Last year, many of us started working from home, and many of us have grown accustomed to having our furry friends with us throughout the workday. Others may have decided to adopt a “quarantine puppy” who is not used to having their humans away for 8-10 hours a day. Dogs rejoice. It looks like the remote work trend is here to stay for a lot of companies!
However, some employers still plan to have their staff return to the office this year once the COVID-19 vaccine is more widely available. Before the pandemic, it was popular among start-ups in dog-friendly cities like San Francisco and New York to allow employees to bring their dogs into the office. Now that everyone is used to working with their pets and may be hesitant to leave their dogs alone all day, this may become an even more popular perk. But should you extend this option to your employees? Keep reading to find out.
Rover, a popular dog-walking and pet-sitting platform, conducted a study of pet owners and found that 78% of employed pet owners would like to bring their dogs to work with them. Many large companies like Etsy, Amazon, and Google have allowed employees to bring their dogs to work for years. Many have reported that the policy has enhanced employee morale, well-being, and collaboration.
Having dogs present in the workplace can reduce stress, boost morale, and encourage team building. They also encourage employees to take a break and get outside throughout the day, a practice that improves employee health and wellness. Many people also find that taking a walk helps them overcome burnout. It lets them clear their heads and approach problems or projects with a renewed perspective.
The presence of pets in the workplace can lead to interactions between employers that would not otherwise occur. They act as icebreakers and a bonding experience for your staff. Jennifer Fearing, the co-author of “Dogs at Work: A Practical Guide to Creating Dog-Friendly Workplaces, described the positive impact of a dog-friendly workplace on collaboration in an interview with Time Magazine; “You really wouldn’t have had the idea to work together, but because you struck up a conversation about the dog, you discover an opportunity that produces some synergy that wouldn’t have otherwise existed.” Many employers state that they would like to have a collaborative work culture. Allowing canine coworkers into the office can help boost teamwork and cross-department innovation.
The Human-Animal Bond Research Institute found that three times as many employees in pet-friendly offices reported having positive working relationships with their boss and coworkers than those in non-pet-friendly offices.
Employees report that their dogs help them feel happier and less stressed at work. Allowing dogs in the office has also been linked to higher levels of engagement and job satisfaction. Happy and engaged employees are more productive at their jobs.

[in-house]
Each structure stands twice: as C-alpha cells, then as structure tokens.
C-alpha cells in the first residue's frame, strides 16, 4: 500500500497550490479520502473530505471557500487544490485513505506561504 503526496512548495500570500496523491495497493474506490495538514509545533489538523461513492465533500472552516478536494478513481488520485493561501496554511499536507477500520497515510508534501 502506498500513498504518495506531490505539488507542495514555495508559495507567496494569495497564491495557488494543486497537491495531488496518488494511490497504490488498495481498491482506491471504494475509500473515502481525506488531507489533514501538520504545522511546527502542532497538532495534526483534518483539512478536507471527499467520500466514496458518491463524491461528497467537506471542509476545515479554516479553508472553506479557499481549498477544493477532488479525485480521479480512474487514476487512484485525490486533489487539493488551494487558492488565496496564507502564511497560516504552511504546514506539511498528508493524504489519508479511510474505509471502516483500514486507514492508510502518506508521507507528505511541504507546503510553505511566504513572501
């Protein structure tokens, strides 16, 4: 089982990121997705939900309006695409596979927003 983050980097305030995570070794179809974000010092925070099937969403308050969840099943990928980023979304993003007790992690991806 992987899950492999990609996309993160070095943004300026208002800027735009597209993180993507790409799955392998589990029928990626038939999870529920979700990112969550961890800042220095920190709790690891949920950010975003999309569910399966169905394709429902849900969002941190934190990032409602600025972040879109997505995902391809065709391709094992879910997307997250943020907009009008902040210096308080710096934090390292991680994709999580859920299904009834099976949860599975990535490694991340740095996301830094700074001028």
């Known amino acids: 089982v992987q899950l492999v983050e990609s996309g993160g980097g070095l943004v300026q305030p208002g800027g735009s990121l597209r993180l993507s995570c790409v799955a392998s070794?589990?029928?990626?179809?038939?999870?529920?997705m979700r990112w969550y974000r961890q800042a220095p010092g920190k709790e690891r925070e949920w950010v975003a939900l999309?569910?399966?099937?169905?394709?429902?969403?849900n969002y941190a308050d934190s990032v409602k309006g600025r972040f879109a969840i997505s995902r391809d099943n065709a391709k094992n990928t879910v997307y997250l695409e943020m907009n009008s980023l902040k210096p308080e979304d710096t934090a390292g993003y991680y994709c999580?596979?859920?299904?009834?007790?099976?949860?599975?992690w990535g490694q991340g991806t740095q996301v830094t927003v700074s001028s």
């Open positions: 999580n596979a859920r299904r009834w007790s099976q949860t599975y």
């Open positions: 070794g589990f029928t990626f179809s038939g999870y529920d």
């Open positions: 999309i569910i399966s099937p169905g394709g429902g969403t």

Introducing new employee perks such as a dog-friendly office environment can improve your company’s branding as an employer. And you might even attract more job candidates! Only about 8% of employers allow dogs in the office. So, it does set you apart from dog-owning or dog-loving candidates. Millennials and Gen Z candidates are particularly attracted to dog-friendly offices.
Employees in pet-friendly offices reported feeling more connected with their company’s mission and were more likely to recommend their employees to others. Employee referrals can be a great candidate source for employers. Higher levels of job satisfaction also help employers attain positive ratings on Glassdoor and create a positive brand as an employer.
Keep these potential issues or concerns in mind before making the transition to a dog-friendly office.
Before deciding to adopt a dog-friendly office policy, be sure to check with your current employees. See if there are any allergy concerns and consider how you would have allergy issues in the future.
If your employees have individual offices – then allergy concerns and fear of dogs may be less of a barrier. It will be easy to separate the office dogs from employees who are not comfortable being around them. However, open office environments may not accommodate the distancing needed between those with allergies and those who would like to bring their furry friends to work.
Just like humans, dogs’ personalities sometimes clash with each other. Consider how you will handle conflicts between dogs. Does your office provide enough space for workers and their dogs to be separated? Will the workers have to remove their dogs if they become disruptive? How will you decide who gets to bring in their dog if two office dogs do not get along? If one gets hurt, that could be a liability to your business.
Consider how often the office is cleaned and who is responsible for the cleaning. If your office has a cleaning service come in during the evenings to clean and vacuum, cleanliness shouldn’t be a big issue. As long as the dogs are potty-trained and your employees are responsible for cleaning up any accidents their pet causes. If the office cleaning schedule is irregular or less frequent, then allowing dogs in the office could pose a cleanliness issue. If a member of your staff is in charge of keeping the office clean and tidy, considering asking for their input on whether allowing dogs in the office and the issue of shedding would create an undue burden on them.
Unfortunately, dogs can be a distraction at times, especially when you have several in one building. A bark or two may occur during a call. Or, employees may stop what they are doing to watch a dog chase its tail or do something cute. Consider how you will manage distractions and ensure a quiet area. This way, people can have the option to take client calls without noise or disruption.
So, what do you think? Is allowing dogs in the office a good idea? Let us know your opinion in the comments below!
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